As middle school classes visit Malmö university to explore future education options, I often prepare a simple workshop to engage them and give them a taste of our field. In the spring 2014 they got to draw their own buttons, and then test as well as iterate their designs if they didn’t work properly. Then they got to try out their buttons in a simple sequencer program I prepared with loops I prepared from fruity loops. There they could have collaborative jam sessions with their own crafted buttons before they went on to play a simple two vs. two player game I had prepared in Unity.
Overall, the kids seemed engaged in the activities, and many were very fascinated with the fact that they could draw buttons and use them in an instant. The project is part of an initiative to present academic studies in a more accessible way, and the goal is to show kids from less priviliged parts of the town that academia is approachable and sometimes even fun:)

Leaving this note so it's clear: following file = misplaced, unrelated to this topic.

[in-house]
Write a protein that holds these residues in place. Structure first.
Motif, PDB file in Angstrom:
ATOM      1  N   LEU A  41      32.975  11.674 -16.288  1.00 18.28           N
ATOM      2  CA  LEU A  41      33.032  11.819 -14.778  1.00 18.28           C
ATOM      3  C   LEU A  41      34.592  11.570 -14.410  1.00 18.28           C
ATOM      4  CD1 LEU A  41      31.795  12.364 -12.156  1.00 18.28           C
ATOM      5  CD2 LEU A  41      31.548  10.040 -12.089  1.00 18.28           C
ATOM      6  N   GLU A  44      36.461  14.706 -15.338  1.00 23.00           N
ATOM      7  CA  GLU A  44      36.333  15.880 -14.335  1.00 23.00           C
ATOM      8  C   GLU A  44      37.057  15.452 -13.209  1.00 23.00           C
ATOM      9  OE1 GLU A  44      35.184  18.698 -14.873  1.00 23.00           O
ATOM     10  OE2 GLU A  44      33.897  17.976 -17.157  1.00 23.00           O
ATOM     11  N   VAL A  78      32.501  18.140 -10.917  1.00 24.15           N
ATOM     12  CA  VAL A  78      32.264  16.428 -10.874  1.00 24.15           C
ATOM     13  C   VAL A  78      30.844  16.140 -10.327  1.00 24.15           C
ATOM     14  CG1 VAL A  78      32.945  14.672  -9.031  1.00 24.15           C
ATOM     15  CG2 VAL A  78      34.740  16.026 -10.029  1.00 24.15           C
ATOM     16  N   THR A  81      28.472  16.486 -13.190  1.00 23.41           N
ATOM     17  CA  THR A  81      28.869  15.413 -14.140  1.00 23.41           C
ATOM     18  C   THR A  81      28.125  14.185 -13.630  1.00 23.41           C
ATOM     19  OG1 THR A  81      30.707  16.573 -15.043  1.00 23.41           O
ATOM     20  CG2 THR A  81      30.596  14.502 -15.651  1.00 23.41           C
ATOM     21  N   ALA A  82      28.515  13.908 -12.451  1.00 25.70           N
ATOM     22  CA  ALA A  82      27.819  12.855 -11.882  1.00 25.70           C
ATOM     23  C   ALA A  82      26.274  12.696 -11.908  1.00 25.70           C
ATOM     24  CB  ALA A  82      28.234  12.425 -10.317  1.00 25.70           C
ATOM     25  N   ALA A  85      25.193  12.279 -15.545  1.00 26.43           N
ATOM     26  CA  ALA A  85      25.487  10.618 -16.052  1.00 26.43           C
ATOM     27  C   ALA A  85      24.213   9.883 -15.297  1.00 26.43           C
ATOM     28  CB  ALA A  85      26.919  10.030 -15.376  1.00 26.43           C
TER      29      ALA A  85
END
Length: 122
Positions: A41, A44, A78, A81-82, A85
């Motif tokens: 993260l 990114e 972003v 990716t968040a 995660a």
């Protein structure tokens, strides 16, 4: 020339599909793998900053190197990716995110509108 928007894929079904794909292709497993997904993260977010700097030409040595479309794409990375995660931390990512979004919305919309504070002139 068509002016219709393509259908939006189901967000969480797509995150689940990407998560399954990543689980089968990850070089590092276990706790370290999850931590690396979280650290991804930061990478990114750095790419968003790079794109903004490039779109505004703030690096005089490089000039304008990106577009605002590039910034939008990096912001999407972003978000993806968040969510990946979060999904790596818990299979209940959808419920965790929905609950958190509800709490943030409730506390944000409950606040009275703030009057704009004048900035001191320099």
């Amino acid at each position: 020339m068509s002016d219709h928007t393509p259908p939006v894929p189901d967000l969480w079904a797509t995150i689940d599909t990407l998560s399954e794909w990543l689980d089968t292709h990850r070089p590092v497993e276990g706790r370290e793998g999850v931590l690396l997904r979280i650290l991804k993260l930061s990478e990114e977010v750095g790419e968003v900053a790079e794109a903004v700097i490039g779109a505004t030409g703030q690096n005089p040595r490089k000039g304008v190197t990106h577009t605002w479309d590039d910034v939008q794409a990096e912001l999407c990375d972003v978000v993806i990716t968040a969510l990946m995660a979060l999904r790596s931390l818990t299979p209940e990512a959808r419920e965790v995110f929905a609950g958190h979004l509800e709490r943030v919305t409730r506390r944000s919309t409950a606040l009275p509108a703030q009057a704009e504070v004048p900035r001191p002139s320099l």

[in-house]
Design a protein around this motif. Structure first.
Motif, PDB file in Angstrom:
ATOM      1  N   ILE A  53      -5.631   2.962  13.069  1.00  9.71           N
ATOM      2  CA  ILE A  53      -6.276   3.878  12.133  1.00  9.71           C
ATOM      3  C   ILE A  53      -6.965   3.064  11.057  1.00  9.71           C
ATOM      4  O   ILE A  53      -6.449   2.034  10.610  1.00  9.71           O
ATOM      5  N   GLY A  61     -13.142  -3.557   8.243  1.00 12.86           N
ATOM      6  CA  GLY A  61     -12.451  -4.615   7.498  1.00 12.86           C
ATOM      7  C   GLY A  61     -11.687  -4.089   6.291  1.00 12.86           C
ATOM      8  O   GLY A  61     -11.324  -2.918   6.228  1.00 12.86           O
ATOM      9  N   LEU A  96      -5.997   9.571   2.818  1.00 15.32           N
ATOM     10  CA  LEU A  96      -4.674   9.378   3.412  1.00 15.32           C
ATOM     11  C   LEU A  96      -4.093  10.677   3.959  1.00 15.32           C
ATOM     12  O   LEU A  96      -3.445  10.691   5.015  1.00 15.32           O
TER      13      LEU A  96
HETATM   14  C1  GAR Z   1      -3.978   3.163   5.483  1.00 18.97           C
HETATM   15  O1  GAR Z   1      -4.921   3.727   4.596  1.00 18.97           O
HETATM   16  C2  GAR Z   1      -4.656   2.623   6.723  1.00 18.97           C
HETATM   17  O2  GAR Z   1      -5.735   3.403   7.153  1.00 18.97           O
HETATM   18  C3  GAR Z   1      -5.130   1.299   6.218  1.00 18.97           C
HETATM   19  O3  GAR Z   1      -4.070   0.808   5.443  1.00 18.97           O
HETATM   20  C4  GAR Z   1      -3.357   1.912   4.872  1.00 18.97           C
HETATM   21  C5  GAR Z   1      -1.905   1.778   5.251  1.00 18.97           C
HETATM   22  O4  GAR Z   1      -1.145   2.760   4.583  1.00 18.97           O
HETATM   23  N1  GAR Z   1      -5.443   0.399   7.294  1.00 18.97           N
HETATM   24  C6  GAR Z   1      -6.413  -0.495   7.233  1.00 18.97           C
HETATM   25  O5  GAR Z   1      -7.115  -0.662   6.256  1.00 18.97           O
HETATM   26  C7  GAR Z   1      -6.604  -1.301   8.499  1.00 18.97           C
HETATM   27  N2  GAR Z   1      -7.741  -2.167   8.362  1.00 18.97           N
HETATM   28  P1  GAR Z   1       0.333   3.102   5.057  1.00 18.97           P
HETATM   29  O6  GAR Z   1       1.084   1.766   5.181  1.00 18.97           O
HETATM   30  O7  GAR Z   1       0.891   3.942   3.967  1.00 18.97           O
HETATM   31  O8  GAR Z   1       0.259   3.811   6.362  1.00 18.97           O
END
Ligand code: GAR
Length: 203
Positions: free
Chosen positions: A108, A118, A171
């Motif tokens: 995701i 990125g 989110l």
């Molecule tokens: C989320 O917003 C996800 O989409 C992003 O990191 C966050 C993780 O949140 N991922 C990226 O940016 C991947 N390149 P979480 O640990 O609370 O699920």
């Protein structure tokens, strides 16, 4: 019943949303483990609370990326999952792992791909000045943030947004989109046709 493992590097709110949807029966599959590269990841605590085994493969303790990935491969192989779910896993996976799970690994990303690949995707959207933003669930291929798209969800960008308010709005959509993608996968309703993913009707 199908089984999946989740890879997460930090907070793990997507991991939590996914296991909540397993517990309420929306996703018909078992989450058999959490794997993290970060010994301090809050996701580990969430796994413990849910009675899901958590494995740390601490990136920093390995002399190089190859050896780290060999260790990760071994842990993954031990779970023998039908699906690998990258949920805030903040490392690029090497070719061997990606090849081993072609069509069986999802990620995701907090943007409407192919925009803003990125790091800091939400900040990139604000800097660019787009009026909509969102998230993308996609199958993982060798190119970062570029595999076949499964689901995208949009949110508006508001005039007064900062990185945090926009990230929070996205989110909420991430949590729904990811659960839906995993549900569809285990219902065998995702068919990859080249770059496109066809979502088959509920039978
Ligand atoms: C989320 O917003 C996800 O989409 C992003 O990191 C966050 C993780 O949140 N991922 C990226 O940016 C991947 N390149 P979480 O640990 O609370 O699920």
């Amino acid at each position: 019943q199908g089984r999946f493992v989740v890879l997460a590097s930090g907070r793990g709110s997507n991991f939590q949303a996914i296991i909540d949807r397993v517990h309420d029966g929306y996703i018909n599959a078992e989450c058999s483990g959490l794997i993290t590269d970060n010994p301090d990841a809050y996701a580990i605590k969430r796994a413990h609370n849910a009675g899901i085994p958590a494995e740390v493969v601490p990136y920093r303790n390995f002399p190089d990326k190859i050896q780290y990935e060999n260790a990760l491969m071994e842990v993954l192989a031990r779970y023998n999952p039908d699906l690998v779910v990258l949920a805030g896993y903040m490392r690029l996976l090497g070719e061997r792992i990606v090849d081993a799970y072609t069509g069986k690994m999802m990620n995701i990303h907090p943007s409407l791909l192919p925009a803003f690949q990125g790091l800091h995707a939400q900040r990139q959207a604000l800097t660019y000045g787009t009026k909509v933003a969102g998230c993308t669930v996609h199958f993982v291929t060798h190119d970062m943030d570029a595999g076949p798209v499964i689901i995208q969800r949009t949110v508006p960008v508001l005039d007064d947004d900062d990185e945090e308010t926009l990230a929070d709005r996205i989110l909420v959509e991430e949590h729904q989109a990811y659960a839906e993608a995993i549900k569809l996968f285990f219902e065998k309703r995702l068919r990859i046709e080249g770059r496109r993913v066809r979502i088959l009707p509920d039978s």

The simple game below was inspired by a weird co-op sequence in the game ‘Hype snake’, where two people are supposed to alternate pressing buttons to progress to the goal. The kids could use their own crafted buttons to team up two and two and compete. This way they would be motivated to create functional buttons from their team members. You can test it here. Use the ‘A’ and ‘W’, ‘S’ and ‘D’ char inputs, but keep in mind that keyboard keys is not the best physical interface for this.
The application above was more open ended, and open for the kids to assign their own rules to the interaction and gameplay. You can test it here. Use the ‘A’ and ‘W’ char inputs, but keep in mind that keyboard keys is not the best physical interface for this.